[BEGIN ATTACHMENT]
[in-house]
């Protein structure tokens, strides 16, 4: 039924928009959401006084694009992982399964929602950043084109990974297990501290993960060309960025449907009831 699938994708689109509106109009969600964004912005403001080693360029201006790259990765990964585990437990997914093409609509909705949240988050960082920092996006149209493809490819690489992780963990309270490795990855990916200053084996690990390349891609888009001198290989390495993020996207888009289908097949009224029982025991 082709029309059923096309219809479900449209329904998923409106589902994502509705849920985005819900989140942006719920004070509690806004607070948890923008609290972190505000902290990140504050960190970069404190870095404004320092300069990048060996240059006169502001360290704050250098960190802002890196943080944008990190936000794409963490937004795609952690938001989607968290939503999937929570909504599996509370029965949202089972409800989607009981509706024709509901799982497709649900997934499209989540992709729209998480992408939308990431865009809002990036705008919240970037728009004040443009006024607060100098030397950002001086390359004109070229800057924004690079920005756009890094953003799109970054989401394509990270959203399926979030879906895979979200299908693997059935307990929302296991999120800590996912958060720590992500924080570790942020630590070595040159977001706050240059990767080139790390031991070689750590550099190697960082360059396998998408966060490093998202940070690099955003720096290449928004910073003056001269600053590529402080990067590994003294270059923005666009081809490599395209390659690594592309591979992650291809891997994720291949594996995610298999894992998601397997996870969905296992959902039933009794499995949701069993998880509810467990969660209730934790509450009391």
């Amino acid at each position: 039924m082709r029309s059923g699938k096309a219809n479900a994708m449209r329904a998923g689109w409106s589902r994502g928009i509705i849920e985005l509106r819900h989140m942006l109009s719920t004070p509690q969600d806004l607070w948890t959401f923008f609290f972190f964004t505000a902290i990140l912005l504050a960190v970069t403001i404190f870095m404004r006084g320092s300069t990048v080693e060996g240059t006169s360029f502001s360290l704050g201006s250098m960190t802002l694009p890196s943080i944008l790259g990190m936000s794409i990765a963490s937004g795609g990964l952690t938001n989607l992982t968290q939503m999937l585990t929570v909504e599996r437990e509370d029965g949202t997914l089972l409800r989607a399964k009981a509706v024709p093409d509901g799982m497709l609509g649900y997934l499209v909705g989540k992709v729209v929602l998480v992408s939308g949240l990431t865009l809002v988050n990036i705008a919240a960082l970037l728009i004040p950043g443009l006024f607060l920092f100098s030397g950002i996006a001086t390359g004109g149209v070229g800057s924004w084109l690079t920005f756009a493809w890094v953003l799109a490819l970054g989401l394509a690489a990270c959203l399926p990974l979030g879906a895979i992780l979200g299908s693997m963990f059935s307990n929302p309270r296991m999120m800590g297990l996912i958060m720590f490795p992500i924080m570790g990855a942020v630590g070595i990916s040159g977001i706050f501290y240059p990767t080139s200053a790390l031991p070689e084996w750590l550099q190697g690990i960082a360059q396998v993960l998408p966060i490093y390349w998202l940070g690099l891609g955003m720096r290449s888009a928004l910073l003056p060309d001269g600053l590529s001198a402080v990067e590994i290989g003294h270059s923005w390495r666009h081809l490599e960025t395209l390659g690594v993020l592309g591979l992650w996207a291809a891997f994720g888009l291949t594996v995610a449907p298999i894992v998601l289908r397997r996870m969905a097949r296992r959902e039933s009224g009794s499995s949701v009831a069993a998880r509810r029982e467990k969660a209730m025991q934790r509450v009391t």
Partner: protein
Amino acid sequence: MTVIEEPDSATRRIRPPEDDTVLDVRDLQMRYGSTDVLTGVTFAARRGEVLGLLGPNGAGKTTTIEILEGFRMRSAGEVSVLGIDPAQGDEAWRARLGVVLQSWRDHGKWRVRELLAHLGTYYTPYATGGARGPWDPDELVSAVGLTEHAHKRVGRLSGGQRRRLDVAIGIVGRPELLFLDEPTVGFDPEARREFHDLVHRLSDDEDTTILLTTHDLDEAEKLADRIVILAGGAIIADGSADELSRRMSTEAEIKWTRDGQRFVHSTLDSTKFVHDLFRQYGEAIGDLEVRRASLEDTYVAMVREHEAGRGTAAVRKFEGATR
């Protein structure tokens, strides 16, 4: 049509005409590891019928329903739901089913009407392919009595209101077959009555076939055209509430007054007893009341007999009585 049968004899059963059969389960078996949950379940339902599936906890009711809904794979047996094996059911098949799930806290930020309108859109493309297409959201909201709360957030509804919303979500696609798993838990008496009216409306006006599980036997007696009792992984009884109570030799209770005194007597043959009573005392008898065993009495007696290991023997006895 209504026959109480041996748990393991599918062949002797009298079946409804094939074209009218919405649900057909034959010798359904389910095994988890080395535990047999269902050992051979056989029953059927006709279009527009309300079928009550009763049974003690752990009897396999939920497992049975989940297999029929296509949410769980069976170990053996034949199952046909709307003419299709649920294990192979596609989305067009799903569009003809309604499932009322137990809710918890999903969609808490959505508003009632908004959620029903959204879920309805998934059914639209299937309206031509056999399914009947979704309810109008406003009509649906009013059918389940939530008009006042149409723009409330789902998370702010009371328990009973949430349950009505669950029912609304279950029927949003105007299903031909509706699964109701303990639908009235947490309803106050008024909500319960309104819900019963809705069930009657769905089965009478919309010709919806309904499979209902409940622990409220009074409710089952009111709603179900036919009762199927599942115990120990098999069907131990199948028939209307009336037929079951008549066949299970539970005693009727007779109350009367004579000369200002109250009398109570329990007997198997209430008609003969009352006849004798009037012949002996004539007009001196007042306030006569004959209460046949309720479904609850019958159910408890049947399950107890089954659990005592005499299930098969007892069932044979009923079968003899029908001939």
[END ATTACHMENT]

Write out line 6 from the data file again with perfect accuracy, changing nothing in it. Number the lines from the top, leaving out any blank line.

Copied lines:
């Protein structure tokens, strides 16, 4: 049509005409590891019928329903739901089913009407392919009595209101077959009555076939055209509430007054007893009341007999009585 049968004899059963059969389960078996949950379940339902599936906890009711809904794979047996094996059911098949799930806290930020309108859109493309297409959201909201709360957030509804919303979500696609798993838990008496009216409306006006599980036997007696009792992984009884109570030799209770005194007597043959009573005392008898065993009495007696290991023997006895 209504026959109480041996748990393991599918062949002797009298079946409804094939074209009218919405649900057909034959010798359904389910095994988890080395535990047999269902050992051979056989029953059927006709279009527009309300079928009550009763049974003690752990009897396999939920497992049975989940297999029929296509949410769980069976170990053996034949199952046909709307003419299709649920294990192979596609989305067009799903569009003809309604499932009322137990809710918890999903969609808490959505508003009632908004959620029903959204879920309805998934059914639209299937309206031509056999399914009947979704309810109008406003009509649906009013059918389940939530008009006042149409723009409330789902998370702010009371328990009973949430349950009505669950029912609304279950029927949003105007299903031909509706699964109701303990639908009235947490309803106050008024909500319960309104819900019963809705069930009657769905089965009478919309010709919806309904499979209902409940622990409220009074409710089952009111709603179900036919009762199927599942115990120990098999069907131990199948028939209307009336037929079951008549066949299970539970005693009727007779109350009367004579000369200002109250009398109570329990007997198997209430008609003969009352006849004798009037012949002996004539007009001196007042306030006569004959209460046949309720479904609850019958159910408890049947399950107890089954659990005592005499299930098969007892069932044979009923079968003899029908001939």